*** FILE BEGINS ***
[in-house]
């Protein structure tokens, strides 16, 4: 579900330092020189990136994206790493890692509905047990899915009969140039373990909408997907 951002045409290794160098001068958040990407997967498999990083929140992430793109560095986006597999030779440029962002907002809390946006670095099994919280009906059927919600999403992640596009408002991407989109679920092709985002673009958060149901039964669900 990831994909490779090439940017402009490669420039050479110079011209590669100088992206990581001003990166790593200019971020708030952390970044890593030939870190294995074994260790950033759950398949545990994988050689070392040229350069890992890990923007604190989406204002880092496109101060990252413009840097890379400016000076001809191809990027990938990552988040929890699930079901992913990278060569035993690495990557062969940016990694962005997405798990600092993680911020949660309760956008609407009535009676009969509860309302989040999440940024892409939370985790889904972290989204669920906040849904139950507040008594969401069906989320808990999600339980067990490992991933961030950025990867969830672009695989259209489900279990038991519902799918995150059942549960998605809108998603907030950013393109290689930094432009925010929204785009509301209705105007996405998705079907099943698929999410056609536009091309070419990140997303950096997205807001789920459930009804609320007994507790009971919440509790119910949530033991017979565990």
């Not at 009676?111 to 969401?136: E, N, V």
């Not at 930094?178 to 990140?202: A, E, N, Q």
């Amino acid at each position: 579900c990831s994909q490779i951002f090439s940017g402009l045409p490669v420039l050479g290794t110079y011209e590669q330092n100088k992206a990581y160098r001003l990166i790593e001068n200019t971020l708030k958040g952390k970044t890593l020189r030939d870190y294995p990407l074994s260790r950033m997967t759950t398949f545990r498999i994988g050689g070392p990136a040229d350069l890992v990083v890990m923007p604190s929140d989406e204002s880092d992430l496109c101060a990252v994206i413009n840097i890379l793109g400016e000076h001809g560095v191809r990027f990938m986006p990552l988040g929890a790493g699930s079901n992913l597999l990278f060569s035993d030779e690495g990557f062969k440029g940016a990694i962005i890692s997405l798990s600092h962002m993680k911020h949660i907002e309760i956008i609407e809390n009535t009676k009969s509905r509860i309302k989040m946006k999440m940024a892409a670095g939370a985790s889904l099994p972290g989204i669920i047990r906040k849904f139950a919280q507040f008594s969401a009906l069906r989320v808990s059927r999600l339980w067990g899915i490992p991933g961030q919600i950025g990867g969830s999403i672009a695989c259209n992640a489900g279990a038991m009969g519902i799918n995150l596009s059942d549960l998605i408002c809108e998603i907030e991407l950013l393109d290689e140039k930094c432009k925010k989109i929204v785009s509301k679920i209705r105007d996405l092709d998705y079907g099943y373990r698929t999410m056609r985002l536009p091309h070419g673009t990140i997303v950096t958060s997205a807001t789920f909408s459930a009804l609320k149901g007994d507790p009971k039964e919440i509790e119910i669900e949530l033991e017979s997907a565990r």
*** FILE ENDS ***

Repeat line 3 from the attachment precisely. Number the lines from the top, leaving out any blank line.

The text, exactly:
């Not at 009676?111 to 969401?136: E, N, V």